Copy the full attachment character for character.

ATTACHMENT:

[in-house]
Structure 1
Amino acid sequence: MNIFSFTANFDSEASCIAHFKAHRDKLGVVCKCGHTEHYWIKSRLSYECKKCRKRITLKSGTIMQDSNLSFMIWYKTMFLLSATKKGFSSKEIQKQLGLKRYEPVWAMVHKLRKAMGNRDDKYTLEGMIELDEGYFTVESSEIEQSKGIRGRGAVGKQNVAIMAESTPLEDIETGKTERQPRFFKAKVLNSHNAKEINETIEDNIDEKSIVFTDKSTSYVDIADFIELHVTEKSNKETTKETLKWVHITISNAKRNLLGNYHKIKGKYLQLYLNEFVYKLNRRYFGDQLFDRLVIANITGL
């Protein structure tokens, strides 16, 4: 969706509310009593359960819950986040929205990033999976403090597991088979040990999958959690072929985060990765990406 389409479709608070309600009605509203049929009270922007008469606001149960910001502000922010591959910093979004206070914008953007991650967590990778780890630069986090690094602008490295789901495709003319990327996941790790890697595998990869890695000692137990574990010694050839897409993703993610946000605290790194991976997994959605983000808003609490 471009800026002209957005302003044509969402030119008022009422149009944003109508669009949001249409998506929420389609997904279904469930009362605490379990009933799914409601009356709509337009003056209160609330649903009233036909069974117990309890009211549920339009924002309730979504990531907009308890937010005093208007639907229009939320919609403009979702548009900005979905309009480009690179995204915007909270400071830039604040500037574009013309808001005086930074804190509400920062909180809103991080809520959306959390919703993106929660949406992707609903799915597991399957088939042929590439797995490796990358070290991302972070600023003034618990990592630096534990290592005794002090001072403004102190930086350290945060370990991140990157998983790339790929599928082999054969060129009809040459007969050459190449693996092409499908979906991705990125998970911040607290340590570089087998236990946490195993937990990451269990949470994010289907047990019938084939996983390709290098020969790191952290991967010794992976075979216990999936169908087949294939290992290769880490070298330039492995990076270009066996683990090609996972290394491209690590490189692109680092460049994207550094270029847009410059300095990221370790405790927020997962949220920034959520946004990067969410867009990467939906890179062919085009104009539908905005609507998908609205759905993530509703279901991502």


[in-house]
Structure 1
Amino acid sequence: MNIFSFTANFDSEASCIAHFKAHRDKLGVVCKCGHTEHYWIKSRLSYECKKCRKRITLKSGTIMQDSNLSFMIWYKTMFLLSATKKGFSSKEIQKQLGLKRYEPVWAMVHKLRKAMGNRDDKYTLEGMIELDEGYFTVESSEIEQSKGIRGRGAVGKQNVAIMAESTPLEDIETGKTERQPRFFKAKVLNSHNAKEINETIEDNIDEKSIVFTDKSTSYVDIADFIELHVTEKSNKETTKETLKWVHITISNAKRNLLGNYHKIKGKYLQLYLNEFVYKLNRRYFGDQLFDRLVIANITGL
């Protein structure tokens, strides 16, 4: 969706509310009593359960819950986040929205990033999976403090597991088979040990999958959690072929985060990765990406 389409479709608070309600009605509203049929009270922007008469606001149960910001502000922010591959910093979004206070914008953007991650967590990778780890630069986090690094602008490295789901495709003319990327996941790790890697595998990869890695000692137990574990010694050839897409993703993610946000605290790194991976997994959605983000808003609490 471009800026002209957005302003044509969402030119008022009422149009944003109508669009949001249409998506929420389609997904279904469930009362605490379990009933799914409601009356709509337009003056209160609330649903009233036909069974117990309890009211549920339009924002309730979504990531907009308890937010005093208007639907229009939320919609403009979702548009900005979905309009480009690179995204915007909270400071830039604040500037574009013309808001005086930074804190509400920062909180809103991080809520959306959390919703993106929660949406992707609903799915597991399957088939042929590439797995490796990358070290991302972070600023003034618990990592630096534990290592005794002090001072403004102190930086350290945060370990991140990157998983790339790929599928082999054969060129009809040459007969050459190449693996092409499908979906991705990125998970911040607290340590570089087998236990946490195993937990990451269990949470994010289907047990019938084939996983390709290098020969790191952290991967010794992976075979216990999936169908087949294939290992290769880490070298330039492995990076270009066996683990090609996972290394491209690590490189692109680092460049994207550094270029847009410059300095990221370790405790927020997962949220920034959520946004990067969410867009990467939906890179062919085009104009539908905005609507998908609205759905993530509703279901991502």